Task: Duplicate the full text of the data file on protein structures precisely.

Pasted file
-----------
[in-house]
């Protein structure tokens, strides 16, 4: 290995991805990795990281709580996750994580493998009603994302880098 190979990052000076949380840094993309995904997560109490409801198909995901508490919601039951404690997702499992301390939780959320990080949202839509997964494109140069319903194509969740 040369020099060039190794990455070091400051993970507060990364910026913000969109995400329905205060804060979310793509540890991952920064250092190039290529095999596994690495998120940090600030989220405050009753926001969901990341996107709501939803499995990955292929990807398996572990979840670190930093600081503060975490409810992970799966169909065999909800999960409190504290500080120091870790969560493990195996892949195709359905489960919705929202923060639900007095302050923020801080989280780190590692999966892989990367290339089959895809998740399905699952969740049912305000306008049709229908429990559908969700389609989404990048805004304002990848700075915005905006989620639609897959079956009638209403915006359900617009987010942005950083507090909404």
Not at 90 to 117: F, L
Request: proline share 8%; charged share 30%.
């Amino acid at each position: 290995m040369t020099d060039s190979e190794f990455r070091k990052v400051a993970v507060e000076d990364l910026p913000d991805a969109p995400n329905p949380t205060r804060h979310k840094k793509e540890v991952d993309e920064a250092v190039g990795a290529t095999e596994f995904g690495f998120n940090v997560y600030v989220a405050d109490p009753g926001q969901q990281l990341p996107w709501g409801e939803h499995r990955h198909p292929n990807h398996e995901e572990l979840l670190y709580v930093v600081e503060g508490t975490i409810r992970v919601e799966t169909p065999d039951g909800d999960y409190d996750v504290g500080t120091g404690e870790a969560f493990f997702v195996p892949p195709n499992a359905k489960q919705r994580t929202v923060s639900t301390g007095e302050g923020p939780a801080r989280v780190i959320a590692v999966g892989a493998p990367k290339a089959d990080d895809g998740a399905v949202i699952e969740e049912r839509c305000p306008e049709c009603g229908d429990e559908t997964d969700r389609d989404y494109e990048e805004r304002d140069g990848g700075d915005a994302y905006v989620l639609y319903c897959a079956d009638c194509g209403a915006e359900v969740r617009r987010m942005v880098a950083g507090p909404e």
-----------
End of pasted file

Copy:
[in-house]
């Protein structure tokens, strides 16, 4: 290995991805990795990281709580996750994580493998009603994302880098 190979990052000076949380840094993309995904997560109490409801198909995901508490919601039951404690997702499992301390939780959320990080949202839509997964494109140069319903194509969740 040369020099060039190794990455070091400051993970507060990364910026913000969109995400329905205060804060979310793509540890991952920064250092190039290529095999596994690495998120940090600030989220405050009753926001969901990341996107709501939803499995990955292929990807398996572990979840670190930093600081503060975490409810992970799966169909065999909800999960409190504290500080120091870790969560493990195996892949195709359905489960919705929202923060639900007095302050923020801080989280780190590692999966892989990367290339089959895809998740399905699952969740049912305000306008049709229908429990559908969700389609989404990048805004304002990848700075915005905006989620639609897959079956009638209403915006359900617009987010942005950083507090909404």
Not at 90 to 117: F, L
Request: proline share 8%; charged share 30%.
């Amino acid at each position: 290995m040369t020099d060039s190979e190794f990455r070091k990052v400051a993970v507060e000076d990364l910026p913000d991805a969109p995400n329905p949380t205060r804060h979310k840094k793509e540890v991952d993309e920064a250092v190039g990795a290529t095999e596994f995904g690495f998120n940090v997560y600030v989220a405050d109490p009753g926001q969901q990281l990341p996107w709501g409801e939803h499995r990955h198909p292929n990807h398996e995901e572990l979840l670190y709580v930093v600081e503060g508490t975490i409810r992970v919601e799966t169909p065999d039951g909800d999960y409190d996750v504290g500080t120091g404690e870790a969560f493990f997702v195996p892949p195709n499992a359905k489960q919705r994580t929202v923060s639900t301390g007095e302050g923020p939780a801080r989280v780190i959320a590692v999966g892989a493998p990367k290339a089959d990080d895809g998740a399905v949202i699952e969740e049912r839509c305000p306008e049709c009603g229908d429990e559908t997964d969700r389609d989404y494109e990048e805004r304002d140069g990848g700075d915005a994302y905006v989620l639609y319903c897959a079956d009638c194509g209403a915006e359900v969740r617009r987010m942005v880098a950083g507090p909404e």